Author Topic: cranks  (Read 7316 times)

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Offline conifir

cranks
« on: August 26, 2009, 05:00:31 pm »
my question is how do you tell when to replace your crank....
and why do i ask....
i have 2,500 miles on my original "Bontrager crank" on my trek fuel.....

Offline whittierider

Re: cranks
« Reply #1 on: August 26, 2009, 05:34:36 pm »
Even the worst bearings (like Isis type) should last longer than that, and they can be replaced without replacing the rest of the crank.  My external-bearing Bontrager crank with GXP BB has 19,000 miles on it, many of those being climbing, and is still perfectly smooth and with no slop.

Chainrings on road bikes can go many times that long if they're kept rather clean, but I know MTB ones won't.  2500 miles is not much for a bike.  Our son put on 400 last week alone.

Offline jsieber

Re: cranks
« Reply #2 on: August 26, 2009, 05:36:31 pm »
Well, the crank arms themselves are most likely in good shape but the actual chain rings might be worn or the bottom bracket might need replacing. If the chain rings are so worn that the chain is starting to skip it would be wise to replace the rear cassette, chain rings and chain all at the same time as replacing individual pieces will accelerate wear on the whole set. If your bottom bracket does not spin smoothly or makes noise it may be time for that to be replaced. Your local bike shop should be able to help determine these issues.

Offline DaveB

Re: cranks
« Reply #3 on: August 27, 2009, 09:14:26 pm »
2500 miles is still brand new for any decent crank, chainrings and bottom bracket unless the bike is ridden exclusively in harsh off-road conditions.  Are you experiencing any symptoms that indicate something is wrong?

Offline bogiesan

Re: cranks
« Reply #4 on: August 28, 2009, 12:19:54 am »
my question is how do you tell when to replace your crank....
and why do i ask....
i have 2,500 miles on my original "Bontrager crank" on my trek fuel.....

I put more than 20k on my recumbent's bottom bracket and the cranks  have 34k on them. The chainrings have been replaced three times; rear cassette twice; five chains, maybe six.

Cranks don't go bad, they get bent, destroyed, or broken.

david boise ID
I play go. I use Macintosh. Of course I ride a recumbent

Offline DaveB

Re: cranks
« Reply #5 on: August 28, 2009, 09:46:56 am »
I put more than 20k on my recumbent's bottom bracket and the cranks  have 34k on them. The chainrings have been replaced three times; rear cassette twice; five chains, maybe six.
david boise ID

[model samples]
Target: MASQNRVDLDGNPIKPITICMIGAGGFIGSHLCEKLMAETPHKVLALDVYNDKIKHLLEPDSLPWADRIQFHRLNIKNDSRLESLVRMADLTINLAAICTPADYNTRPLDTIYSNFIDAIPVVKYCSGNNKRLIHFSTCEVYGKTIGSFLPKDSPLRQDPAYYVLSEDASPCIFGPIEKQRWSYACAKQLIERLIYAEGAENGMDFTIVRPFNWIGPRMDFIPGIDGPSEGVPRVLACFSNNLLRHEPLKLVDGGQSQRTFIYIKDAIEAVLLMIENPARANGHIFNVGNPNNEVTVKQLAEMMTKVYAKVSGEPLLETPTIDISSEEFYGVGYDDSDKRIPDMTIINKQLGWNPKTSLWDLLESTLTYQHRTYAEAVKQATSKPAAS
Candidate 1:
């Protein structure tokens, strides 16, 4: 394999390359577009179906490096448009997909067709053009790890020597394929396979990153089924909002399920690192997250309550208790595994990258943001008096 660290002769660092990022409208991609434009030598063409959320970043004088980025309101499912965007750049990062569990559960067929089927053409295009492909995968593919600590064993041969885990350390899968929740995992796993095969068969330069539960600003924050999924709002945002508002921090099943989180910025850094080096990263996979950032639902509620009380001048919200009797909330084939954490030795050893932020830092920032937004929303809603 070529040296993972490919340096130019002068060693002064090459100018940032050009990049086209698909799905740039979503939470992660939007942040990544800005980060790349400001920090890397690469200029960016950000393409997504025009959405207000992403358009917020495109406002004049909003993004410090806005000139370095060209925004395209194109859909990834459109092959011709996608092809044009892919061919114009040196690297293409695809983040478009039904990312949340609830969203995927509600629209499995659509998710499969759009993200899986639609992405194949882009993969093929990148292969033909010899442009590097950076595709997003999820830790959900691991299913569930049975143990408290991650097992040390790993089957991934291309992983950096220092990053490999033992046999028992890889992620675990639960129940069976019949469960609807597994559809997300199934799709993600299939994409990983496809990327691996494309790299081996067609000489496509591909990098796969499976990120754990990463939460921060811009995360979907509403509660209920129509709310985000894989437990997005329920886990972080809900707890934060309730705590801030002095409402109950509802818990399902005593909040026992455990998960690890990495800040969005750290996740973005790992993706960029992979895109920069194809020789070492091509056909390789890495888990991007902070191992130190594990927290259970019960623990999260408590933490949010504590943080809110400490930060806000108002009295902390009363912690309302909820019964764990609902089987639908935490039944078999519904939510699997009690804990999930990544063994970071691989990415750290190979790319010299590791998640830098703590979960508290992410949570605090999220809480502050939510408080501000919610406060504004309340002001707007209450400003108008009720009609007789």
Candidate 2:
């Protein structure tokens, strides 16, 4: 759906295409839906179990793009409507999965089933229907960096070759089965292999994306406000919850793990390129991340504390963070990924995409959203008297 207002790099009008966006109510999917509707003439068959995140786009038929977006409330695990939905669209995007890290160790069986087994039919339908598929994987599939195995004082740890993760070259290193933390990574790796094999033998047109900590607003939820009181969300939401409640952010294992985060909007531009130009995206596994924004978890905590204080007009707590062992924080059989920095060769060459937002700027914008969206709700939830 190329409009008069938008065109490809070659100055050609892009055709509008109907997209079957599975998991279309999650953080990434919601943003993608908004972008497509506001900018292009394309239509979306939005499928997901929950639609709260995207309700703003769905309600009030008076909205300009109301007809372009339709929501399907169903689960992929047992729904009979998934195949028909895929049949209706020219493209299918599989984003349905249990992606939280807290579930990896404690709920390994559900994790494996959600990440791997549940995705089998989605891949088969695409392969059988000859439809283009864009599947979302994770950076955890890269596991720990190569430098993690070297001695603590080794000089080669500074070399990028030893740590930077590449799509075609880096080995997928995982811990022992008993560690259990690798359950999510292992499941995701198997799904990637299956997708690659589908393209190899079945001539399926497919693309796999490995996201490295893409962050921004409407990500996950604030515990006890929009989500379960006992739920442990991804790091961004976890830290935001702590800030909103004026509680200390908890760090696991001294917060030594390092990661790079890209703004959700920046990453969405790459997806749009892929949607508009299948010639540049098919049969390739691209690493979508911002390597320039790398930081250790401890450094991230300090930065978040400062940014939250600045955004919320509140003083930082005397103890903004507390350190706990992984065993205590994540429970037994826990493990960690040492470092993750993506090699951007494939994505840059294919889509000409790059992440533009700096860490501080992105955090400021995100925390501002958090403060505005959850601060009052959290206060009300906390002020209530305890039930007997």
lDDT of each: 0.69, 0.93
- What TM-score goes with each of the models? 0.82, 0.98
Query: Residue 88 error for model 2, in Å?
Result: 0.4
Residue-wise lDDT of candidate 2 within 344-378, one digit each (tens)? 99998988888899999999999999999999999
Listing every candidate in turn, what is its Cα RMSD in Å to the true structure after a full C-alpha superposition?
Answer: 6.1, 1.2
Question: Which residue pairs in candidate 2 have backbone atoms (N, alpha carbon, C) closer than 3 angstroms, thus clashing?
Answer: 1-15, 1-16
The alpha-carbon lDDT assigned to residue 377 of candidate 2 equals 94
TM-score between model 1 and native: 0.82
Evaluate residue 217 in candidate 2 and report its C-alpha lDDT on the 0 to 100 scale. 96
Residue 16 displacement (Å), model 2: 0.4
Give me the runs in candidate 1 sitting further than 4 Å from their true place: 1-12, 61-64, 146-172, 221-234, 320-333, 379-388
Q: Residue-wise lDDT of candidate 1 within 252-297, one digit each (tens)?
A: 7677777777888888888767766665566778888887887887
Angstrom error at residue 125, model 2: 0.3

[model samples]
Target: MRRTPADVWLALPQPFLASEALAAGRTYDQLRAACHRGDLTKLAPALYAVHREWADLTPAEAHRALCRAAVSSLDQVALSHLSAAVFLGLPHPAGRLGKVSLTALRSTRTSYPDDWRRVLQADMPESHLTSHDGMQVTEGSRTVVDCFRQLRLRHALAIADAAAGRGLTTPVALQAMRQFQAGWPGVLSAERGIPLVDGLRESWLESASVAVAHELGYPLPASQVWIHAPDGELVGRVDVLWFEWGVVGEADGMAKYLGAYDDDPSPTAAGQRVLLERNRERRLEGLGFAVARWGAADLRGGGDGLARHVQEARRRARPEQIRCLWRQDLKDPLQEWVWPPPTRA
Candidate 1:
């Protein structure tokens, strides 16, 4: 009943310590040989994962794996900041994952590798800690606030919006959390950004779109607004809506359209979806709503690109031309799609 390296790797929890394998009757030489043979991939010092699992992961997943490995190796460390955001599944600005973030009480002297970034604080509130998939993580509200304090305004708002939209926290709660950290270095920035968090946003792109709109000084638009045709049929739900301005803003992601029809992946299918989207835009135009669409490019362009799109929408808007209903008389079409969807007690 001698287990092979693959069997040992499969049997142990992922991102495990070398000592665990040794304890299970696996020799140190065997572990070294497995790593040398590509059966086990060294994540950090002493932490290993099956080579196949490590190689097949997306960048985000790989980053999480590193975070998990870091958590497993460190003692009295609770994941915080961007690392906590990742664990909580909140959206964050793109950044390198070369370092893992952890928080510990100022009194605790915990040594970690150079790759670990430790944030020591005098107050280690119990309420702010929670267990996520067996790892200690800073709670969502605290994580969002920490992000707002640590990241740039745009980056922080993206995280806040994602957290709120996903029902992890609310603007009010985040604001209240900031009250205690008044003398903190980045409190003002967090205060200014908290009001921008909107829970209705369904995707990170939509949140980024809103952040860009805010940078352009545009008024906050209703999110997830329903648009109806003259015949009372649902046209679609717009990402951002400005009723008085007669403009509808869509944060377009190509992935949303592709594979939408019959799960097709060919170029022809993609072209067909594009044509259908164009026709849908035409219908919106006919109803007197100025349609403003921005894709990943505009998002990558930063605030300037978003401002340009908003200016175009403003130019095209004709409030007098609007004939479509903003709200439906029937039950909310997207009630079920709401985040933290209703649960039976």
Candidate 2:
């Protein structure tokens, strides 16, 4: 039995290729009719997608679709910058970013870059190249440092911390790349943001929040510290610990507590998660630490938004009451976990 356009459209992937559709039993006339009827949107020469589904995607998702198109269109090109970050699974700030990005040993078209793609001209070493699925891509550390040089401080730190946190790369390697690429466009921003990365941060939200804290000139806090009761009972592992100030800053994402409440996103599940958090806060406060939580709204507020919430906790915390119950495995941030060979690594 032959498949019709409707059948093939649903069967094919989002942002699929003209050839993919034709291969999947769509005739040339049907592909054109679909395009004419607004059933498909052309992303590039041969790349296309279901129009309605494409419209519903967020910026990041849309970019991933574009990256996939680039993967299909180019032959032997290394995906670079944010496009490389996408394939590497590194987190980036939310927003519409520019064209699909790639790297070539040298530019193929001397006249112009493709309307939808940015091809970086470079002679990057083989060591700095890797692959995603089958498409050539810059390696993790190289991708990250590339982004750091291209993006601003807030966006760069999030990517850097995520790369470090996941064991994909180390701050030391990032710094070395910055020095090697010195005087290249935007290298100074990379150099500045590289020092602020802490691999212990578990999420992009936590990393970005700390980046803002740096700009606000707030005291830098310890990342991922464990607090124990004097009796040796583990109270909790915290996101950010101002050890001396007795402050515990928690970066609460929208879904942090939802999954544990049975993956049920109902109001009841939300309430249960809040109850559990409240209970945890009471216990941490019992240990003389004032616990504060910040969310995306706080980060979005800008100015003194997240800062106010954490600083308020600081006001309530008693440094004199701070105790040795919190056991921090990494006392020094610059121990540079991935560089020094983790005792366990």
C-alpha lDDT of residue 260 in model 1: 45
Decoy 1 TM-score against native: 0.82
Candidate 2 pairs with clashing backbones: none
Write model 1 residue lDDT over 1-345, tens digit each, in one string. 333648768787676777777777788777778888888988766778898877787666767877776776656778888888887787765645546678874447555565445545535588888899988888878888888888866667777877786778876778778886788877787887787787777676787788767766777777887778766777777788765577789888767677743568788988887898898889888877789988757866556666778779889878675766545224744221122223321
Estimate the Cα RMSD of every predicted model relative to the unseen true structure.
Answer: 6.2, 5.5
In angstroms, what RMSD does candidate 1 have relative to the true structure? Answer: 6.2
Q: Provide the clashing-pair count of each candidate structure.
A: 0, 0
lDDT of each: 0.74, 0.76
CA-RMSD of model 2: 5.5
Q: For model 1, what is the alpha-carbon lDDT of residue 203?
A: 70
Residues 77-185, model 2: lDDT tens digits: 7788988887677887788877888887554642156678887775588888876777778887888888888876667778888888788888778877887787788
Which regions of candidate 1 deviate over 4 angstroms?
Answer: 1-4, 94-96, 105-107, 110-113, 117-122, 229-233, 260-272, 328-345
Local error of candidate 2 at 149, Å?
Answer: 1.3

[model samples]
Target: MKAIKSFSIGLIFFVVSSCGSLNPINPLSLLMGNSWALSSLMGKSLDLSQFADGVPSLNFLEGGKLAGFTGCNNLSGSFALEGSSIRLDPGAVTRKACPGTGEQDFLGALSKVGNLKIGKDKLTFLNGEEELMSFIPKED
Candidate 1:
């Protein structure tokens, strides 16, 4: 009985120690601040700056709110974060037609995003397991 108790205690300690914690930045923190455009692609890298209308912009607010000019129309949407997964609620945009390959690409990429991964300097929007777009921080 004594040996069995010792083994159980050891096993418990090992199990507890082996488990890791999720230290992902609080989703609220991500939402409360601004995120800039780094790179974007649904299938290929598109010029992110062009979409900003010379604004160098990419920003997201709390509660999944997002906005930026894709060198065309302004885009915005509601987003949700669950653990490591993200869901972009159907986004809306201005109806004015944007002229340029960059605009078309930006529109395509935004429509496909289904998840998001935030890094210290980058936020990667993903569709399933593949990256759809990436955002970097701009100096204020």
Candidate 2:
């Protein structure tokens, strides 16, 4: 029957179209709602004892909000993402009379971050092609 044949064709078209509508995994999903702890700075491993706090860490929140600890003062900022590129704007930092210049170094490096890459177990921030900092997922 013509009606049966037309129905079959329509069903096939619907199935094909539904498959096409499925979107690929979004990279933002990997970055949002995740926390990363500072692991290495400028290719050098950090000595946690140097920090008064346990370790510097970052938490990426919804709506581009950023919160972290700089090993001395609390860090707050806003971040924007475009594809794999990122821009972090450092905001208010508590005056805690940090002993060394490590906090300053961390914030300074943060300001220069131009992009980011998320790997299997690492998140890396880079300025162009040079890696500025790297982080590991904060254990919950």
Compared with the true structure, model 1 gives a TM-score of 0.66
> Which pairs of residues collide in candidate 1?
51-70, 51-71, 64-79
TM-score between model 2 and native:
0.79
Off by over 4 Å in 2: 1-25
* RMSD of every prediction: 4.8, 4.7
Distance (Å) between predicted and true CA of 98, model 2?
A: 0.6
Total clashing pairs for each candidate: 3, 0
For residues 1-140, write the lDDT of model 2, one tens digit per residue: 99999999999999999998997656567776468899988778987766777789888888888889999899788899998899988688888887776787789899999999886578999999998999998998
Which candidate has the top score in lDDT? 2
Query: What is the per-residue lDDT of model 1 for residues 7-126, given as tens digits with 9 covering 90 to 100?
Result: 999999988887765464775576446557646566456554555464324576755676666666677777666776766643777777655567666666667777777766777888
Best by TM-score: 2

I do have to ask why you changed your chainrings that often?  My experience is that under normal road use, chainrings last at least 20,000 miles and often myuch more.  I've gotten 30,000+ miles on several Shimano road cranks chainring sets and they still shifted cleanly and there was no chain skipping and, no I don't change chains all that often either.

The only truly worn out chainrings I've seen were on my son-in-laws bike.  He is a racer and very strong but it still took him 25,000 miles to wear them to the obvious replacement point.

Offline paddleboy17

Re: cranks
« Reply #6 on: August 28, 2009, 12:02:57 pm »
I used hear that you replaced the chain and cluster together, and the rings every 3rd chain.

I see drive train replacement as being a function of maintenance. 

My mountain bike is still running 8-speed, and nice clusters are getting harder to find.  I can't get 8 speed 11-32 in XTR anymore.   The next best replacement is an 8 speed 11-30 in XT.  So I have become real anal about chain cleaning and replacement.  I have a chain gage (I think it is made by Rolhoff), and I replace the chain as soon as I see sign of it starting to stretch.  My goal is to never replace my XTR cassette.  With Shimano's tendency toward designing cranks with rings riveted on instead bolted, I don't want to replace cranks either.

In the mid 90's, White Lightning was the lubricant to use.  It used to be pretty awful stuff, and the two seasons I used White Lightning, I had to replace the middle chain ring, the cassette, and the chain.  This was too expensive for me, so I went back to using T-9 as my lubricant.  Now, I only replace chains and an occasional bottom bracket cartridge.
Danno

Offline whittierider

Re: cranks
« Reply #7 on: August 28, 2009, 03:18:32 pm »
Quote
In the mid 90's, White Lightning was the lubricant to use.  It used to be pretty awful stuff, and the two seasons I used White Lightning, I had to replace the middle chain ring, the cassette, and the chain.  This was too expensive for me, so I went back to using T-9 as my lubricant.

I use paraffin & graphite to lube the chain and keep things clean, and a 9-speed chain lasts me about 20,000 miles with a lot of climbing and no cleaning except to get the goop out of it when it's brand new before the first waxing.  The paraffin is clean, and grit and sand won't stick to it and get worked in; but it's not a very good lube by itself.  That's where the graphite comes in.  When I added the graphite, suddenly my chains were lasting 20 times as long.  For an extended tour when I'm away from the stove and pie tin I use for waxing, I plan to try White Lightning shedding formula with a lot of graphite added.  It's incredible how much you can add without any significant thickening.  The graphite powder is extremely messy before it's in the wax, but not after.

Offline DaveB

Re: cranks
« Reply #8 on: August 29, 2009, 10:20:06 am »
I used hear that you replaced the chain and cluster together, and the rings every 3rd chain.
No, you change chainrings when they are worn out and not shifting properly.